When I was rather younger than I currently am, I had a set of children’s encyclopedias. From these books I learned much about the world but my very favourite was the one which was filled with art. Every ‘famous’ picture and sculpture appeared on those pages and I never dreamed in my little room in Ireland that I would be lucky enough to see a great many of them in the years to come. But see them I have, some of them many times over including Monet’s most famous of paintings Les Nympheas – the waterlilies.
And so it was Dear Reader that after eons of wanting to go, I found myself looking at the iconic lake and gardens at Giverny. And they did not disappoint one little bit.
We had been to the Orangerie in Paris the day before we went and looked at the vast paintings in this dedicated museum in great awe and it was quite amazing to see it all subsequently ‘in person’. And so here they are – my impressions of Giverny (pun entirely intended). There were at least a billion photos but I’ve just selected a few (collective sigh of relief) to give you a flavour of what there was to see.
And then, and I am quite embarrassed at this numptiness, I discovered the panorama setting on my camera…..
Which gave a far better contrast with the paintings
We then moved on, away from the lake side to the house and garden proper. It is quite hard to describe what was in effect a cacophony of riotous colour. The garden is huge with vast beds which look as though they have been haphazardly planted with a madness of flowers and small trees but when you stand back and REALLY look then you see that there is method in this madness.
Without sounding silly, you could quite imagine Monet in amongst it all and when we went to the Musee D’Orsay later on in the week and looked at his paintings we had a real sense of having been there.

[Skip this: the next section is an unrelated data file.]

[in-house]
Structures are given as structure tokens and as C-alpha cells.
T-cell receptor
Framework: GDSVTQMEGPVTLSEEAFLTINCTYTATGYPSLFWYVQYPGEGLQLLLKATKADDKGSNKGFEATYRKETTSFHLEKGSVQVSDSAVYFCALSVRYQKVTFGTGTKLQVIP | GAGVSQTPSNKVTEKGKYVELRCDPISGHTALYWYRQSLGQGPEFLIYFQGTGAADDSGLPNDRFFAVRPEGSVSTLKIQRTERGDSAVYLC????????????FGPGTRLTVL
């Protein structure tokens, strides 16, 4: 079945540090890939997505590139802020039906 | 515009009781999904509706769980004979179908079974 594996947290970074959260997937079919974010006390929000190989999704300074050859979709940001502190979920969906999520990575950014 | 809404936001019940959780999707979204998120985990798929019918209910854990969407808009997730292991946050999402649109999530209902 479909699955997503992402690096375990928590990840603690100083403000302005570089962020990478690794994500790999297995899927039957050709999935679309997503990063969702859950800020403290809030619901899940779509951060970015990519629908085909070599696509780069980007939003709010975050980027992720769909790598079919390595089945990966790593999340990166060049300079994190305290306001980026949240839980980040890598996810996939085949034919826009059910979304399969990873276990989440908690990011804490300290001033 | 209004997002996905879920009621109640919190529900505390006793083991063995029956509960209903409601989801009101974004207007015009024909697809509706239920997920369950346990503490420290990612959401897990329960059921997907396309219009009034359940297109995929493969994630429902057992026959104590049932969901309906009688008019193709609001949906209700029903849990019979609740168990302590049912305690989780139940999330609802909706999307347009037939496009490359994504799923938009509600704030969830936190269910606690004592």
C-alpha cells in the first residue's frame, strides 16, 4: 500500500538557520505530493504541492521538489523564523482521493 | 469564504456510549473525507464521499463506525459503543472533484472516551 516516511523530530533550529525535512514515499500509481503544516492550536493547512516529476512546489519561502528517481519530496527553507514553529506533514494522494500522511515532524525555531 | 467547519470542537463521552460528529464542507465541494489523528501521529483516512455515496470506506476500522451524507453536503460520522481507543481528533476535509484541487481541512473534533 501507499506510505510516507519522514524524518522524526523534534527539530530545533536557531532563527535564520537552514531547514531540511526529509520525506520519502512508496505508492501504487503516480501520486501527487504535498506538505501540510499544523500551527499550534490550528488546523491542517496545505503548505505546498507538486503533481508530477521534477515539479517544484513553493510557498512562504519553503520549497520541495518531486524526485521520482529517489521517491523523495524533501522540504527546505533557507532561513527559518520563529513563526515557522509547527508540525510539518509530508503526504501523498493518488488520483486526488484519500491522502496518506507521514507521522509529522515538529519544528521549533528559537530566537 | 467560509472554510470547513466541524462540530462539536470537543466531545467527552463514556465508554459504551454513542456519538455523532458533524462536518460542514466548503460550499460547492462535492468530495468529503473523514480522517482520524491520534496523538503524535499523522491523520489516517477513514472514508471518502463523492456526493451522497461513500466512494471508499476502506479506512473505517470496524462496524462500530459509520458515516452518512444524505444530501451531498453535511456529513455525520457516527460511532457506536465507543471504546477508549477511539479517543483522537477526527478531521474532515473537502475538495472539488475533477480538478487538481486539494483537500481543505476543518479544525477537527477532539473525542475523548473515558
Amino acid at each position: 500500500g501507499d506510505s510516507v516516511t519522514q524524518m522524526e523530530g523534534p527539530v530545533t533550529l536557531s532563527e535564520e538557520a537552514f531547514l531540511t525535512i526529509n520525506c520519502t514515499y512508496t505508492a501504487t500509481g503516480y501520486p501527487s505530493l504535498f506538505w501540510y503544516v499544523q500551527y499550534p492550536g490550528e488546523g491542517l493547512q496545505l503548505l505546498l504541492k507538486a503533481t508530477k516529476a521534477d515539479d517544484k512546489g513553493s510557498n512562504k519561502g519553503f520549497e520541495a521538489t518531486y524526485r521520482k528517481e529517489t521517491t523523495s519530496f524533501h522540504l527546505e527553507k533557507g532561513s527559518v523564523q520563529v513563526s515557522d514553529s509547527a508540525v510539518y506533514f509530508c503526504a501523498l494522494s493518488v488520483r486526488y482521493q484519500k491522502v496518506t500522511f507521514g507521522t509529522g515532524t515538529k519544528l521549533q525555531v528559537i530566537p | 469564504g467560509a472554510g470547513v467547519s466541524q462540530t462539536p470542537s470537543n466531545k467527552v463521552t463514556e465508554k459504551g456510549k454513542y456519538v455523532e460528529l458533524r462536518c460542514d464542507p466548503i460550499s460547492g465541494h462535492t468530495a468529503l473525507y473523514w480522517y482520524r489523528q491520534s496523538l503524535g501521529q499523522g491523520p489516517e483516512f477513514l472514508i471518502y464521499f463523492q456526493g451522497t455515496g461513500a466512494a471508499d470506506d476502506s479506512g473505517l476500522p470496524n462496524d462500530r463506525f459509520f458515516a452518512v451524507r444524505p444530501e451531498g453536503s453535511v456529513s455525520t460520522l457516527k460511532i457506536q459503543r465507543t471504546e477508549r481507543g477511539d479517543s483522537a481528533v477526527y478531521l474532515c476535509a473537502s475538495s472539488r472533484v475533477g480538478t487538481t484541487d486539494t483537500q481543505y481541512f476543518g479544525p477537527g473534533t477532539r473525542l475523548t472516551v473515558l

It’s difficult to get the vastness of the garden across but I do have one of my (now) trusty panoramic shots which sort of shows it
The house is open to the public and although you aren’t allowed to take photos inside it which was a shame, it has been kept very much in its original style even down to copies of all the paintings which Monet had hanging on his living room walls – mostly by other artists who were friends and contemporaries.
It was all so breathtakingly beautiful that I wanted to put the whole lot in my bag and take it home – the wonderful lake, the flowers and of course the beautiful house with the shuttered windows. TG and I left hoping that we’d won the euromillions….but settled for a picnic lunch instead.
The village of Giverny itself is also very pretty and after our lunch and a long chat with a very old French man about his experiences of the war as a child, we wandered off to have a look and a coffee.
We had such a lovely day and came away full of ideas for our garden. If you have never been Dear Reader and find yourself at a loose end in Paris, get on a train and go. It’s so very very worth it.